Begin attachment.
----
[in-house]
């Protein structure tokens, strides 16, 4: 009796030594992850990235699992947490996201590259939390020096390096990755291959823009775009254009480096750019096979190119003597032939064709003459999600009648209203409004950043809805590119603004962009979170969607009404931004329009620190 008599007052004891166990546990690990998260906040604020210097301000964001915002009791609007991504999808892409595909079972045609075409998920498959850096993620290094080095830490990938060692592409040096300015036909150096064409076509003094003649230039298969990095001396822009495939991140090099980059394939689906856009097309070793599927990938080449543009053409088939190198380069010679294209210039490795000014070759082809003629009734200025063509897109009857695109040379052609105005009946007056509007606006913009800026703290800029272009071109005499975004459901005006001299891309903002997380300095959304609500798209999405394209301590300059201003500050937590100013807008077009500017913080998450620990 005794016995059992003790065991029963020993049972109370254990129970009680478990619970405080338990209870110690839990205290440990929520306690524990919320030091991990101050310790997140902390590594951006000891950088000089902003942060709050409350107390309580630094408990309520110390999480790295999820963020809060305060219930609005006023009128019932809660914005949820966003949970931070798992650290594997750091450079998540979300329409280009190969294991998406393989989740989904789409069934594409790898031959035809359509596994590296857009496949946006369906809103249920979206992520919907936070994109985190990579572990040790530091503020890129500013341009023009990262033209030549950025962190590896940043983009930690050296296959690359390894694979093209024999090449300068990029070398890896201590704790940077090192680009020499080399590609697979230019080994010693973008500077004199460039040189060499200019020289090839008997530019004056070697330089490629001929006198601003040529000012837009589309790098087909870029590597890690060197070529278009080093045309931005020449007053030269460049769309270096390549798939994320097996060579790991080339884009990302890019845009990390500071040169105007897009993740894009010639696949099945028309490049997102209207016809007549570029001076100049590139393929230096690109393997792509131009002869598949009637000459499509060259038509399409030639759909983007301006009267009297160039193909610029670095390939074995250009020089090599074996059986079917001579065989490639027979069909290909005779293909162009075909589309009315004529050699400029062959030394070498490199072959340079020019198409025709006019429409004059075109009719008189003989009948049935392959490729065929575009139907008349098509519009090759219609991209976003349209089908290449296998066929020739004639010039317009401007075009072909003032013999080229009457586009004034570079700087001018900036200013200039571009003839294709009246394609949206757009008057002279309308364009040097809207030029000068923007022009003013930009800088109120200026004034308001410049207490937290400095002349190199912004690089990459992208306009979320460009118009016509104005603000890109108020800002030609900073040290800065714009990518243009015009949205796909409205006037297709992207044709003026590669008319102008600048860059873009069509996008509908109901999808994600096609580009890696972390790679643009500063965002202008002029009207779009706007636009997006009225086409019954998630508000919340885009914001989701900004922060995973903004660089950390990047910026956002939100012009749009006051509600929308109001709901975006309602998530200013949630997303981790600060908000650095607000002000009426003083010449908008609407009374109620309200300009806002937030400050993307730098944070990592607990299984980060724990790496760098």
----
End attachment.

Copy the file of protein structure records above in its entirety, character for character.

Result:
[in-house]
């Protein structure tokens, strides 16, 4: 009796030594992850990235699992947490996201590259939390020096390096990755291959823009775009254009480096750019096979190119003597032939064709003459999600009648209203409004950043809805590119603004962009979170969607009404931004329009620190 008599007052004891166990546990690990998260906040604020210097301000964001915002009791609007991504999808892409595909079972045609075409998920498959850096993620290094080095830490990938060692592409040096300015036909150096064409076509003094003649230039298969990095001396822009495939991140090099980059394939689906856009097309070793599927990938080449543009053409088939190198380069010679294209210039490795000014070759082809003629009734200025063509897109009857695109040379052609105005009946007056509007606006913009800026703290800029272009071109005499975004459901005006001299891309903002997380300095959304609500798209999405394209301590300059201003500050937590100013807008077009500017913080998450620990 005794016995059992003790065991029963020993049972109370254990129970009680478990619970405080338990209870110690839990205290440990929520306690524990919320030091991990101050310790997140902390590594951006000891950088000089902003942060709050409350107390309580630094408990309520110390999480790295999820963020809060305060219930609005006023009128019932809660914005949820966003949970931070798992650290594997750091450079998540979300329409280009190969294991998406393989989740989904789409069934594409790898031959035809359509596994590296857009496949946006369906809103249920979206992520919907936070994109985190990579572990040790530091503020890129500013341009023009990262033209030549950025962190590896940043983009930690050296296959690359390894694979093209024999090449300068990029070398890896201590704790940077090192680009020499080399590609697979230019080994010693973008500077004199460039040189060499200019020289090839008997530019004056070697330089490629001929006198601003040529000012837009589309790098087909870029590597890690060197070529278009080093045309931005020449007053030269460049769309270096390549798939994320097996060579790991080339884009990302890019845009990390500071040169105007897009993740894009010639696949099945028309490049997102209207016809007549570029001076100049590139393929230096690109393997792509131009002869598949009637000459499509060259038509399409030639759909983007301006009267009297160039193909610029670095390939074995250009020089090599074996059986079917001579065989490639027979069909290909005779293909162009075909589309009315004529050699400029062959030394070498490199072959340079020019198409025709006019429409004059075109009719008189003989009948049935392959490729065929575009139907008349098509519009090759219609991209976003349209089908290449296998066929020739004639010039317009401007075009072909003032013999080229009457586009004034570079700087001018900036200013200039571009003839294709009246394609949206757009008057002279309308364009040097809207030029000068923007022009003013930009800088109120200026004034308001410049207490937290400095002349190199912004690089990459992208306009979320460009118009016509104005603000890109108020800002030609900073040290800065714009990518243009015009949205796909409205006037297709992207044709003026590669008319102008600048860059873009069509996008509908109901999808994600096609580009890696972390790679643009500063965002202008002029009207779009706007636009997006009225086409019954998630508000919340885009914001989701900004922060995973903004660089950390990047910026956002939100012009749009006051509600929308109001709901975006309602998530200013949630997303981790600060908000650095607000002000009426003083010449908008609407009374109620309200300009806002937030400050993307730098944070990592607990299984980060724990790496760098």